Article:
Looking back, I suspect Kansas’ players thought this would be the clincher. It sort of felt that way. They had a double-digit lead, less than three minutes left, the huge Kansas crowd in Cowboys Stadium was roaring (Michigan players talked about this feeling like a road game), this thing seemed to be over from the outside looking in. The way Kansas played the last three minutes, you can’t help but wonder if it looked that way on the inside looking out too.

2:31 left: Hardaway missed a jumper. Robinson got the offensive board — Michigan was playing with the energy of the desperate — and the ball worked back to Hardaway who missed another jump shot. This time Elijah Johnson got the rebound. You could almost hear the deep breath release on the Kansas side. Here Johnson made what I think was the single most devastating play of the game for Kansas.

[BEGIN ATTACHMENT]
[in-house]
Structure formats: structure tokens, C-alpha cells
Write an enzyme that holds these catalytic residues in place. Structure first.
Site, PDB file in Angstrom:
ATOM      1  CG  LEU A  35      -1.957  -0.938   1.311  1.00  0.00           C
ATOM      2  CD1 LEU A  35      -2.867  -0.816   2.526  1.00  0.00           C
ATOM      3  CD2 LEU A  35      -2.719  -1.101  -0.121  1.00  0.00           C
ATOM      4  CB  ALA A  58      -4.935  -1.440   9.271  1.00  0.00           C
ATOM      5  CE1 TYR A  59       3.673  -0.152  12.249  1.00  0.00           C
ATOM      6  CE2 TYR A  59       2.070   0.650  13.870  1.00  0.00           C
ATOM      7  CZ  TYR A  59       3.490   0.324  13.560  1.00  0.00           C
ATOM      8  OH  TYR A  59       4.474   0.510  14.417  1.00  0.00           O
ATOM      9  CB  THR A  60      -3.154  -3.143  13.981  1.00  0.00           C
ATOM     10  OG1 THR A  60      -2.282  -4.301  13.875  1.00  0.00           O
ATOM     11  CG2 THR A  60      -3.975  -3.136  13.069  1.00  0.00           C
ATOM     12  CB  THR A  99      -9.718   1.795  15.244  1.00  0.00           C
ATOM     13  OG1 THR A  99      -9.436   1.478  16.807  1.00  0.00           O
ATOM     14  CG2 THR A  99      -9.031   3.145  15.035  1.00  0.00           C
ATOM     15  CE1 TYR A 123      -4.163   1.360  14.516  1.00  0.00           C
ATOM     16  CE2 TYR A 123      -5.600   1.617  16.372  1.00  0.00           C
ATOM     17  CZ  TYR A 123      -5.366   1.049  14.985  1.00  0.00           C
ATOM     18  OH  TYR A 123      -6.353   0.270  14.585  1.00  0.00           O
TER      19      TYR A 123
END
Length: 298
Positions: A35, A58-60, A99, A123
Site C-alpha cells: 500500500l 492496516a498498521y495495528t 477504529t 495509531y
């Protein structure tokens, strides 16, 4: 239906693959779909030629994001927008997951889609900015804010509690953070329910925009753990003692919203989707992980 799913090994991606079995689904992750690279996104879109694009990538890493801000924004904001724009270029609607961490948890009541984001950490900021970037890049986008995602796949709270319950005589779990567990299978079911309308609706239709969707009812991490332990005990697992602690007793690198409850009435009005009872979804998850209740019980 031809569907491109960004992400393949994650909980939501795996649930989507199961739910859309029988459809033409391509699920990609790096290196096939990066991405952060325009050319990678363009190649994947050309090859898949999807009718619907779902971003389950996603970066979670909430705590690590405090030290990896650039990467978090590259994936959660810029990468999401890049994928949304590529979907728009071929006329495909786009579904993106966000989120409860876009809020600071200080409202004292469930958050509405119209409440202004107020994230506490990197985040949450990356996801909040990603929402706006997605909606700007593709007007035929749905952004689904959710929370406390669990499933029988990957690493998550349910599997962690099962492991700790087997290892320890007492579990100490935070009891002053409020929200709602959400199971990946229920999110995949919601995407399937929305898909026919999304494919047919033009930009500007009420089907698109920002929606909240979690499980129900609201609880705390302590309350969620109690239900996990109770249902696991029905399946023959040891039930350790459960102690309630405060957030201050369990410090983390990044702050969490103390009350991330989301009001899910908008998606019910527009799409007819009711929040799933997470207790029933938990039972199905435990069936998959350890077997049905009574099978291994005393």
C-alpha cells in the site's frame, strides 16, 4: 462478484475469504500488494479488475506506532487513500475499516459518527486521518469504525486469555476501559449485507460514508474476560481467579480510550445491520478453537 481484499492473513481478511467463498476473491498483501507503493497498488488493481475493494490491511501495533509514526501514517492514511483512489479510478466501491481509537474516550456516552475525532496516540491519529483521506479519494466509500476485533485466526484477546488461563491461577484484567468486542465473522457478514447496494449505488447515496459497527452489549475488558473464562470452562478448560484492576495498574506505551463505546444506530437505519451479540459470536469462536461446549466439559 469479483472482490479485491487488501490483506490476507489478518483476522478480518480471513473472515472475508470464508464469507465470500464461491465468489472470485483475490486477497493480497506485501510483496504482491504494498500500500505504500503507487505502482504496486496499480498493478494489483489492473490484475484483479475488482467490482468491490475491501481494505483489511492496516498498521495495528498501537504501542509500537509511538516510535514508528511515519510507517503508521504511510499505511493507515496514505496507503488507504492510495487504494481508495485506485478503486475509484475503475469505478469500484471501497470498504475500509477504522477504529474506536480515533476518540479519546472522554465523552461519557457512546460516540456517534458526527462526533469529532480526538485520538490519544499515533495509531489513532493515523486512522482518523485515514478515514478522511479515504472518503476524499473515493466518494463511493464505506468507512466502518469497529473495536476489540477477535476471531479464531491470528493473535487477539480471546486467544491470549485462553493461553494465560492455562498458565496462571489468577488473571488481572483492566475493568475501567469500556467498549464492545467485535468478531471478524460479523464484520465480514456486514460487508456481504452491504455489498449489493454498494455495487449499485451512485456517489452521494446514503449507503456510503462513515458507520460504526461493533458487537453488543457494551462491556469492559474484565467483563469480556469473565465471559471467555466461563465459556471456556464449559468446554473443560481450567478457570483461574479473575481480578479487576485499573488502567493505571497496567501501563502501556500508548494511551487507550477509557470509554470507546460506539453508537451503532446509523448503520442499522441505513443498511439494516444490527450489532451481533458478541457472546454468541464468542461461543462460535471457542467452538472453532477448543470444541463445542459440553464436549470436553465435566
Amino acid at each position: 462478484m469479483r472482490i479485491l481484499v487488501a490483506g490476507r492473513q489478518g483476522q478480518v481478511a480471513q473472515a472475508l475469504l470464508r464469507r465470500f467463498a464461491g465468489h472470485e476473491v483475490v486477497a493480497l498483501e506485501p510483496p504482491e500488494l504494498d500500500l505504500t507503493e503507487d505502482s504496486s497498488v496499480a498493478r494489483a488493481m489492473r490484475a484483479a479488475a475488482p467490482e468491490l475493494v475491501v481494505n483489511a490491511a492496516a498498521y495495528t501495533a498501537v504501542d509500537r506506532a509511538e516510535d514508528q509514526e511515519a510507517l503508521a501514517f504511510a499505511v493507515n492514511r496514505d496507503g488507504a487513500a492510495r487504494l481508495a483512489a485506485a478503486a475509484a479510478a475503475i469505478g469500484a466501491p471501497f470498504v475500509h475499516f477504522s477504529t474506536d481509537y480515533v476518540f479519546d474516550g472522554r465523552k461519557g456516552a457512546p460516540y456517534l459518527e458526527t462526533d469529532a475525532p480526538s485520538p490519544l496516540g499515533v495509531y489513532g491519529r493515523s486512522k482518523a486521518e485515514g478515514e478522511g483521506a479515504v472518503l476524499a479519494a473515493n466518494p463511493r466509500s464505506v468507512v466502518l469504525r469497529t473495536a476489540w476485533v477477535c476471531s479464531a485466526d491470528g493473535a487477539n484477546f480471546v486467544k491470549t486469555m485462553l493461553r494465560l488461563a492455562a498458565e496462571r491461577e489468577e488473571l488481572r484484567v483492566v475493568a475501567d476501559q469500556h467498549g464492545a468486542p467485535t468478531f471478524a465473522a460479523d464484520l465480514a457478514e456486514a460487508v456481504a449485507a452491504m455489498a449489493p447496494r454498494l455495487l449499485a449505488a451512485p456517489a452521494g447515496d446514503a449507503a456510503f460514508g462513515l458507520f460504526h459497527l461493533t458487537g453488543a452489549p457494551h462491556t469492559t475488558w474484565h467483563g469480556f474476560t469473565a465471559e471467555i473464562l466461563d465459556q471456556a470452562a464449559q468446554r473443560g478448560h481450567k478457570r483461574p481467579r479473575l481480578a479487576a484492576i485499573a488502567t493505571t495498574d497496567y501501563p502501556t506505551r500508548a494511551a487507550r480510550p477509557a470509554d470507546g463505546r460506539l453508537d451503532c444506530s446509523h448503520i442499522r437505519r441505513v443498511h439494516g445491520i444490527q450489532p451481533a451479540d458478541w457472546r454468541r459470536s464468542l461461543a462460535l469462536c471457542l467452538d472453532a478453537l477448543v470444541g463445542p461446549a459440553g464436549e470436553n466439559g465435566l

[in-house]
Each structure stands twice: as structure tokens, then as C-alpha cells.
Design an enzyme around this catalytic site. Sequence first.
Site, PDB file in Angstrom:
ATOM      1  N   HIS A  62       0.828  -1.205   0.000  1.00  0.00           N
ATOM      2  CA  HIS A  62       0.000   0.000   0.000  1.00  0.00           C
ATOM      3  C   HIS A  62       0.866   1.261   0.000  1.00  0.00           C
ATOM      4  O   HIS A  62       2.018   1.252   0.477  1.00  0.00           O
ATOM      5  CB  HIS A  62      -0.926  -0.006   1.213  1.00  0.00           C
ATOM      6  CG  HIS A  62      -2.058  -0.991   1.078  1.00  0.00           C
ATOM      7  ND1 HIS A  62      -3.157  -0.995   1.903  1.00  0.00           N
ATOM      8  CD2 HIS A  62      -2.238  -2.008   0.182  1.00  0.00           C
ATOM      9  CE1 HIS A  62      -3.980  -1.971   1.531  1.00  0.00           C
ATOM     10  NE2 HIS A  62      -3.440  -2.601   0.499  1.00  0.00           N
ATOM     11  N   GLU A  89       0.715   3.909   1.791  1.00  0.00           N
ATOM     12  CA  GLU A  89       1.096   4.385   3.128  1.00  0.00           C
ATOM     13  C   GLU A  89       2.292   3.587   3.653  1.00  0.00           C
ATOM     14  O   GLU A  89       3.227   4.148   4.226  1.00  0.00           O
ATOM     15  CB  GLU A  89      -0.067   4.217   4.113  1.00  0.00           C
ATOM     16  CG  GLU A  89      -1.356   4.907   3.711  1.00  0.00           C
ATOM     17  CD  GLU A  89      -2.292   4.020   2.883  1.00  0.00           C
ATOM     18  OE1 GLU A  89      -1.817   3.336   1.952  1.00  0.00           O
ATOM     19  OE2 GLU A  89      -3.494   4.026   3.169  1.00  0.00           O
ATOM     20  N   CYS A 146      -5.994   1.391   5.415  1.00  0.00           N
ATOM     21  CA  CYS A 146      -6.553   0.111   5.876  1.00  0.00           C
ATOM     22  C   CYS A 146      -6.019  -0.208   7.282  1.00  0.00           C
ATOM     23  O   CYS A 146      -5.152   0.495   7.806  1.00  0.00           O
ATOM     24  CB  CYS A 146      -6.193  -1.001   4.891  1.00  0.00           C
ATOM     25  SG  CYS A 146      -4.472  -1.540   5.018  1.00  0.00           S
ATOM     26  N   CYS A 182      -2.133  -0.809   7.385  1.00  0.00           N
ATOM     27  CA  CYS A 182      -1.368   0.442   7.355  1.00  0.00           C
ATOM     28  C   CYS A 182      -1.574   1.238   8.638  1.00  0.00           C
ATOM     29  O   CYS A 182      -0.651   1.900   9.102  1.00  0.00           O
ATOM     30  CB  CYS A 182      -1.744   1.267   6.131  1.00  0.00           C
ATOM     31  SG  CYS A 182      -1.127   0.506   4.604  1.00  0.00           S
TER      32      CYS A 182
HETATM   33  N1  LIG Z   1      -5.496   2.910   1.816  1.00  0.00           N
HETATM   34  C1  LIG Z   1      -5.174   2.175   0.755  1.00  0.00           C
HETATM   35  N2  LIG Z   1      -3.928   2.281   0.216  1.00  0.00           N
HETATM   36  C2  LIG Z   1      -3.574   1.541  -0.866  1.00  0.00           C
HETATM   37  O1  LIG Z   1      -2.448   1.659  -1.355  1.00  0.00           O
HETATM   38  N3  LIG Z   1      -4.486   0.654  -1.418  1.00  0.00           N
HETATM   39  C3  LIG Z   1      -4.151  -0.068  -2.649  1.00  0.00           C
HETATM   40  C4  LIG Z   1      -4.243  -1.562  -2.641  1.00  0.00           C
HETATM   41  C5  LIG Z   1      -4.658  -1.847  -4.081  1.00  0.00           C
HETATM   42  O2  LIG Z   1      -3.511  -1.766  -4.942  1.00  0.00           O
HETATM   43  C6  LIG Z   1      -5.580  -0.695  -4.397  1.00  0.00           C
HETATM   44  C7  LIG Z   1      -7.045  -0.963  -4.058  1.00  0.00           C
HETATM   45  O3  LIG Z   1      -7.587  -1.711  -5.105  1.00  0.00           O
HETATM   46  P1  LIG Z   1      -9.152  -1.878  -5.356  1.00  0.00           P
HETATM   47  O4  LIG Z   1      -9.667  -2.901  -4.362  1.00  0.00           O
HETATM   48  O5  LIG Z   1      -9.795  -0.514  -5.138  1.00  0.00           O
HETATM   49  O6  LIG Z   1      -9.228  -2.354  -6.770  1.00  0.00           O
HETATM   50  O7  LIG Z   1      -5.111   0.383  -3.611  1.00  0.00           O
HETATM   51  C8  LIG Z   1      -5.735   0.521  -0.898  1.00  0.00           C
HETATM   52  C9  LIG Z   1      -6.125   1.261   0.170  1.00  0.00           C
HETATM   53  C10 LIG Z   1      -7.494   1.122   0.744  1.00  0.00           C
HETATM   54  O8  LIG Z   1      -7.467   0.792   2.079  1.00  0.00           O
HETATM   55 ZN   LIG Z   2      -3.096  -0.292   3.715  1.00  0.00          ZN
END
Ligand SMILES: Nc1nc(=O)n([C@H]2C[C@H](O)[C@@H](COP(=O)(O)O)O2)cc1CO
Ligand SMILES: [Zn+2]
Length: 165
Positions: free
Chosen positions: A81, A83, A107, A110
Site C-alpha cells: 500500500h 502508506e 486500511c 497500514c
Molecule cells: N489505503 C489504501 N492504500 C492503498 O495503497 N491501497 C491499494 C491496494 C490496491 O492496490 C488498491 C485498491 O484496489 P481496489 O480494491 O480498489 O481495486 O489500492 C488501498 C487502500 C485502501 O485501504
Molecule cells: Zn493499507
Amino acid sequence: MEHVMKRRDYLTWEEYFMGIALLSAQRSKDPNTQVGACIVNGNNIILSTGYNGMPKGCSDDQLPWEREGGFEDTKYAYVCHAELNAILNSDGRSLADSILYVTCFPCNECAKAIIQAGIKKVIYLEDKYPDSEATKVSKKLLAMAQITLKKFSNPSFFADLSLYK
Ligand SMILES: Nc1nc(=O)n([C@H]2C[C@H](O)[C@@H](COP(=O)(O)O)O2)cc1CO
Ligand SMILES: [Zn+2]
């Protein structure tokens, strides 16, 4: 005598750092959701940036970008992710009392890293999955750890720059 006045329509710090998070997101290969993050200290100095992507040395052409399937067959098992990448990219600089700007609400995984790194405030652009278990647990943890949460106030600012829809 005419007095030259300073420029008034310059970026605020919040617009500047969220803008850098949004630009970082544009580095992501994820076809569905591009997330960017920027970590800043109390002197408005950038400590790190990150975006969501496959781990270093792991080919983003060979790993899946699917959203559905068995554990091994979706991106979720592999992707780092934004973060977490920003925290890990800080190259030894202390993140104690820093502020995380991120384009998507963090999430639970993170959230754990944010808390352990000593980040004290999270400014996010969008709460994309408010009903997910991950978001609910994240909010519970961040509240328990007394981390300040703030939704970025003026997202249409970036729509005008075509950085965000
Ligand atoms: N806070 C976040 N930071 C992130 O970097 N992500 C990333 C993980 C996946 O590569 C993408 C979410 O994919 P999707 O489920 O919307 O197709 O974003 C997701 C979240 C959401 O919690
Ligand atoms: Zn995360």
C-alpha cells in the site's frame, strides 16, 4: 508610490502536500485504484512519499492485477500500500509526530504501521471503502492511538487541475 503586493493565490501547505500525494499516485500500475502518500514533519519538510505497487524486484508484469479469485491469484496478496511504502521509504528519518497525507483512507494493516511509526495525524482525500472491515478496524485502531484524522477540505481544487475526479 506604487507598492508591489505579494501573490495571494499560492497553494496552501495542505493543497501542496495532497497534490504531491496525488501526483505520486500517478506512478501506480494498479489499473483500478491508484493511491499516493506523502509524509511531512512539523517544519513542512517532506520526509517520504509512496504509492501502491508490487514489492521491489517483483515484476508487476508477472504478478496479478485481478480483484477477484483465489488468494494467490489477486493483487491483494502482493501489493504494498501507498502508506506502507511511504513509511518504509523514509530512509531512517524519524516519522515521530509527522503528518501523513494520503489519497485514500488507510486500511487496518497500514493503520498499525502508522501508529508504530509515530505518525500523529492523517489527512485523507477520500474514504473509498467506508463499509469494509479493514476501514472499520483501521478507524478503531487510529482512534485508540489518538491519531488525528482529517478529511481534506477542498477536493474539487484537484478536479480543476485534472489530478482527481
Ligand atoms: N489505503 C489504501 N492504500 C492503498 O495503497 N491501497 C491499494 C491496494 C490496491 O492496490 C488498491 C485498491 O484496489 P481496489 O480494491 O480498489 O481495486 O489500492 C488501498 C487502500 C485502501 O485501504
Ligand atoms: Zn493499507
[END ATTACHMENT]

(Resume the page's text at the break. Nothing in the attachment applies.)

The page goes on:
2:24 left: Johnson dribbled the ball too far in and then tried to pass the ball back out. The ball was tipped away by Robinson, who outran Kansas players for it and dunked on the breakaway. KANSAS 72, MICHIGAN 64.

Everything Elijah Johnson did here — absolutely everything — seemed wrong. He dribbled fast into the Michigan front court, even though Kansas needed only to take some time off the clock. He dribbled into the teeth of Michigan’s defense, even though there was clearly no opening there. He did not call timeout when he got in trouble, even though Kansas had timeouts. He passed the ball back toward the half court stripe, even though it was a reckless pass that could not lead to anything good.  This single play was pure panic and it led to a dunk and a Michigan sense of hope. Bill Self probably should have realized this and called timeout. Instead …